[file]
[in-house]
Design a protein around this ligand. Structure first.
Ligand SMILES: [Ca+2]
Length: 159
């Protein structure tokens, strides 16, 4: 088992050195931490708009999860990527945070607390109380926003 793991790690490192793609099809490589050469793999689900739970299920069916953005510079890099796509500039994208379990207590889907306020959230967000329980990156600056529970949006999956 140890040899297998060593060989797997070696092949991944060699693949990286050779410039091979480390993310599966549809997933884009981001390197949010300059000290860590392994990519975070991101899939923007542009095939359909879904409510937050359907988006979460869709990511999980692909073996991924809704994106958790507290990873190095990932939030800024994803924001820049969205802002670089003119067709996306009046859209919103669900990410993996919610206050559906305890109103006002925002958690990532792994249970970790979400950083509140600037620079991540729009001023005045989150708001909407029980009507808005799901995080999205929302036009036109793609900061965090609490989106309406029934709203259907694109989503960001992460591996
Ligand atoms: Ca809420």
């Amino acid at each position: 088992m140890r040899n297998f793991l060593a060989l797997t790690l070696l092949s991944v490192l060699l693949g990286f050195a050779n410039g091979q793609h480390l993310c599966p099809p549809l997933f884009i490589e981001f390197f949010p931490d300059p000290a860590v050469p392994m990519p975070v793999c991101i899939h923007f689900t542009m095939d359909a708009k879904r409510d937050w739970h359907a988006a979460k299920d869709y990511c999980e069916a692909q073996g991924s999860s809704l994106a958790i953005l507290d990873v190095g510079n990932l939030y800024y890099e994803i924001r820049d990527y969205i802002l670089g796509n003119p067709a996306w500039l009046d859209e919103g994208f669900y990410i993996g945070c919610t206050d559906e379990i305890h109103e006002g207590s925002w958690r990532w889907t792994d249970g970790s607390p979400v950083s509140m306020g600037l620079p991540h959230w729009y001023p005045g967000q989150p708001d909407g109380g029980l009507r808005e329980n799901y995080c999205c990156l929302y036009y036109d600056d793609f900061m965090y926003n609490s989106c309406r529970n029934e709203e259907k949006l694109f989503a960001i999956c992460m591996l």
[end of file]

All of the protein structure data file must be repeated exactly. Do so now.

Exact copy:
[in-house]
Design a protein around this ligand. Structure first.
Ligand SMILES: [Ca+2]
Length: 159
């Protein structure tokens, strides 16, 4: 088992050195931490708009999860990527945070607390109380926003 793991790690490192793609099809490589050469793999689900739970299920069916953005510079890099796509500039994208379990207590889907306020959230967000329980990156600056529970949006999956 140890040899297998060593060989797997070696092949991944060699693949990286050779410039091979480390993310599966549809997933884009981001390197949010300059000290860590392994990519975070991101899939923007542009095939359909879904409510937050359907988006979460869709990511999980692909073996991924809704994106958790507290990873190095990932939030800024994803924001820049969205802002670089003119067709996306009046859209919103669900990410993996919610206050559906305890109103006002925002958690990532792994249970970790979400950083509140600037620079991540729009001023005045989150708001909407029980009507808005799901995080999205929302036009036109793609900061965090609490989106309406029934709203259907694109989503960001992460591996
Ligand atoms: Ca809420």
């Amino acid at each position: 088992m140890r040899n297998f793991l060593a060989l797997t790690l070696l092949s991944v490192l060699l693949g990286f050195a050779n410039g091979q793609h480390l993310c599966p099809p549809l997933f884009i490589e981001f390197f949010p931490d300059p000290a860590v050469p392994m990519p975070v793999c991101i899939h923007f689900t542009m095939d359909a708009k879904r409510d937050w739970h359907a988006a979460k299920d869709y990511c999980e069916a692909q073996g991924s999860s809704l994106a958790i953005l507290d990873v190095g510079n990932l939030y800024y890099e994803i924001r820049d990527y969205i802002l670089g796509n003119p067709a996306w500039l009046d859209e919103g994208f669900y990410i993996g945070c919610t206050d559906e379990i305890h109103e006002g207590s925002w958690r990532w889907t792994d249970g970790s607390p979400v950083s509140m306020g600037l620079p991540h959230w729009y001023p005045g967000q989150p708001d909407g109380g029980l009507r808005e329980n799901y995080c999205c990156l929302y036009y036109d600056d793609f900061m965090y926003n609490s989106c309406r529970n029934e709203e259907k949006l694109f989503a960001i999956c992460m591996l």